There were two controversial votes in UK parliament and Brexit negotiations will be delayed
This week, the house of commons had two votes which were highly anticipated but, in the end, went as planned.
The first vote was the second reading of the EU withdrawal bill on Tuesday 12 September.
UK ambassador to Luxembourg John Marshall said at a press meeting to Delano on 6 September that the EU withdrawal bill does three things: “repeal the European communities act, transpose EU laws into domestic law, and it provides the government with the so-called Henry VIII powers, to amend some laws through secondary legislation. There will be a lot of technical fixes. The government’s position is that it will not abuse that power and that its intention is just to ensure that all this detailed technical stuff can be done quickly so that everything is in place to ensure a smooth exit in March 2019.”
While there were Tories who were against it, in the end they fell in line. MPs voted for the bill to go through to the second reading stage by 326 to 290, after Remain-backing Tory MPs fell in line with the government and a small number of Labour MPs rebelled against orders to oppose it.
This was just a general vote on the principle of the legislation. It will then be considered in committee where the clauses will be examined and amendments considered. Politics.co.uk editor Ian Dunt wrote: “Tory rebels, if they are eventually to be found, will emerge only if they fail to get their amendments accepted at committee stage.”
“The European Union (Withdrawal) Bill represents an extraordinary transfer of legal powers from Parliament to the Government, with no additional oversight; we believe this is unacceptable.”
Vote on committee majorities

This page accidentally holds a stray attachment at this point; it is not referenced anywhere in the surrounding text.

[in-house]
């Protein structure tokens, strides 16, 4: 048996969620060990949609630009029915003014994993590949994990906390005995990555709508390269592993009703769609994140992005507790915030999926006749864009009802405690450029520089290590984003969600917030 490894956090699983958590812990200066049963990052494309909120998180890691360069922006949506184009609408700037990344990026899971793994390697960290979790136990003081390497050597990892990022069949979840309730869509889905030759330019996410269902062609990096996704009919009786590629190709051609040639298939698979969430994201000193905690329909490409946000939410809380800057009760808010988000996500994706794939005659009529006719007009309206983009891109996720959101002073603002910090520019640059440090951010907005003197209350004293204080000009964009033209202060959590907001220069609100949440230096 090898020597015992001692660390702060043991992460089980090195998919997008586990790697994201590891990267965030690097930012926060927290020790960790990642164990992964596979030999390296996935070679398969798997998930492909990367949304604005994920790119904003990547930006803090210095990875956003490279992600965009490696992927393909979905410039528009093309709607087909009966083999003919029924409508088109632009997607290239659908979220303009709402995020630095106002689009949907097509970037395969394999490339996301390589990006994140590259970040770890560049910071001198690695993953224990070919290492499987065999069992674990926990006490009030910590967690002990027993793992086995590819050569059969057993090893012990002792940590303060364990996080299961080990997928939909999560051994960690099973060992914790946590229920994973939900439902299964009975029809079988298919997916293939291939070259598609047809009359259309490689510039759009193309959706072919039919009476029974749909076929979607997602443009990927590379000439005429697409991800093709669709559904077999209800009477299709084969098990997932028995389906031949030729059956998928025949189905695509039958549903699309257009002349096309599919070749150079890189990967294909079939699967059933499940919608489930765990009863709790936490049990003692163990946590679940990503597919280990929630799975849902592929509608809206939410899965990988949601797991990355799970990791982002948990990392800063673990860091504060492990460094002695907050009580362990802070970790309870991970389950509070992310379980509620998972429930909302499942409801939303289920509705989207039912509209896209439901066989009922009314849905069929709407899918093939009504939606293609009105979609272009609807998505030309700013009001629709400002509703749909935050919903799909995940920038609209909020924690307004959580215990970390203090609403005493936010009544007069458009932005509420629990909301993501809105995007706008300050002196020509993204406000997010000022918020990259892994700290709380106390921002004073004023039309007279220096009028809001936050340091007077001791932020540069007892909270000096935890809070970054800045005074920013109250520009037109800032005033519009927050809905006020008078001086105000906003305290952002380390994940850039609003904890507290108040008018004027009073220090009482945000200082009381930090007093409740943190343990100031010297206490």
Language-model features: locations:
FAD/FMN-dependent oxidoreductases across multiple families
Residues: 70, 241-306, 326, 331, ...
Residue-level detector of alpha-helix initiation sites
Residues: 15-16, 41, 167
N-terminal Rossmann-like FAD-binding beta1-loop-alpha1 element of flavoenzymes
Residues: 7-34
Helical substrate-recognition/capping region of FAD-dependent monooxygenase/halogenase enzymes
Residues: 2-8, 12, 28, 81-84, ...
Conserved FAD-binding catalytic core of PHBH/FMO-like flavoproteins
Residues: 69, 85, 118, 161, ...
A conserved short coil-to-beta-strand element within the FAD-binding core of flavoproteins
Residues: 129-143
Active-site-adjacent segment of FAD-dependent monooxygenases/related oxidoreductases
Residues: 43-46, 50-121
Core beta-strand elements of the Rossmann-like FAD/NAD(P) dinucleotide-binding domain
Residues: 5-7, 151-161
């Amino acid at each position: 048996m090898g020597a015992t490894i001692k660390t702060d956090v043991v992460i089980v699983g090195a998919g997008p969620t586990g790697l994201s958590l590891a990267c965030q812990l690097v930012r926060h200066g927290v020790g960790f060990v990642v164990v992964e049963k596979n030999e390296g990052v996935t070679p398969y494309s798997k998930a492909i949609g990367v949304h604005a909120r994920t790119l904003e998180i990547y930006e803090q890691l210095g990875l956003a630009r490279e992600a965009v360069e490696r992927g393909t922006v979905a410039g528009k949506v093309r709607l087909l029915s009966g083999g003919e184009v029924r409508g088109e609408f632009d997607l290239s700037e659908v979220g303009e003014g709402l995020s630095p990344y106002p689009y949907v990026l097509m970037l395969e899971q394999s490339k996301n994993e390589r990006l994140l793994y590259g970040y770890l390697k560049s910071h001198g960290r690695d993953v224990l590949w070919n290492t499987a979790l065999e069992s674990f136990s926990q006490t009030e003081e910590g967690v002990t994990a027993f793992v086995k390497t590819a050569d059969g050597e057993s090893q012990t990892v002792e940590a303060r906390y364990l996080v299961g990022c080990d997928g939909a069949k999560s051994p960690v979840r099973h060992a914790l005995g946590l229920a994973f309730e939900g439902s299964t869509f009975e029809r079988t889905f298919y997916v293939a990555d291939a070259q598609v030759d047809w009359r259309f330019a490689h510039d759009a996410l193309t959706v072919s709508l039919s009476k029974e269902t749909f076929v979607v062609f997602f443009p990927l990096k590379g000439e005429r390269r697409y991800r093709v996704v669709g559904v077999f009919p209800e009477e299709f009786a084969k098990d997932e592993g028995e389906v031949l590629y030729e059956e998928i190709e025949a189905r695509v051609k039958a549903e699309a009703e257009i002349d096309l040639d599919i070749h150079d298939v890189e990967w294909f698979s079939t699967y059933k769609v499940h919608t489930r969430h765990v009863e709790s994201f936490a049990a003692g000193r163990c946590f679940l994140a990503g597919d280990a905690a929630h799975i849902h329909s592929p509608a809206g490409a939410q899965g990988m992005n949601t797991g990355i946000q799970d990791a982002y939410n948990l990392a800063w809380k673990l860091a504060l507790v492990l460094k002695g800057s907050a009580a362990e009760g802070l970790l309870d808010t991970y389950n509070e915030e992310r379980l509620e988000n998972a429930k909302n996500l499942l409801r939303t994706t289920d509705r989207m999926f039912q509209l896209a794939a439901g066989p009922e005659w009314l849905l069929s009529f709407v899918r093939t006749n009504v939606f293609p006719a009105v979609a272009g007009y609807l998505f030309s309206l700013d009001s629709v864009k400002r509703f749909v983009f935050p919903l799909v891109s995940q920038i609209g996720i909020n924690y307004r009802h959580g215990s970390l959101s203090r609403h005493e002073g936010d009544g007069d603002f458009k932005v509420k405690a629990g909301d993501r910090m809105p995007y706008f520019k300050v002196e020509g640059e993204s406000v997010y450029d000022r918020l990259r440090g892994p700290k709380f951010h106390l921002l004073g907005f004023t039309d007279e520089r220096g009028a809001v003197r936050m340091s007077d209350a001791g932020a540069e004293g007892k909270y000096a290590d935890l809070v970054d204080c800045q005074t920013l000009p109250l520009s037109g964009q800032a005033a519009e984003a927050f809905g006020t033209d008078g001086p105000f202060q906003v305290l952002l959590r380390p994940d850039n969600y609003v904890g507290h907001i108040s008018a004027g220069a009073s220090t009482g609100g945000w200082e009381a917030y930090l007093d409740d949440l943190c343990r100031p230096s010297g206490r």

On Tuesday 12 September, the house of commons voted on another piece of legislation which was probably even more contested. Andrea Leadsom tabled a motion to give the government a locked-in majority on public bill committees. The bill seeks to give the government a majority in committees which have an off number of members.
“They are tasked with going through legislation line-by-line. Previously they reflected the make-up of the Commons. Now they will be seemingly unaffected by the public vote. It is an extraordinary constitutional power grab intended to wipe out the election result. As long as Tory committee members stay loyal, they can dismiss any opposition amendment.”
Despite the vast majority of opposition MPs of all parties voting against the plans and attempts to amend the motion by the Greens and Lib Dems, it was passed by 320 votes to 301.
The negotiations were scheduled to resume on Monday 18 September. The date has now been moved to Monday 25 September.
Two big speeches by May
May will speak in Florence on Friday 22 September “to update on Brexit negotiations so far”, the prime minister’s spokesman said. She will give updates on how the negotiations are progressing. Asked why the venue had been picked, May’s spokesman said the prime minister “wanted to give a speech on the UK’s future relationship with Europe in its historical heart”.
At the Tory party conference from 1-4 October, May will also speak on “building a country that works for everyone.”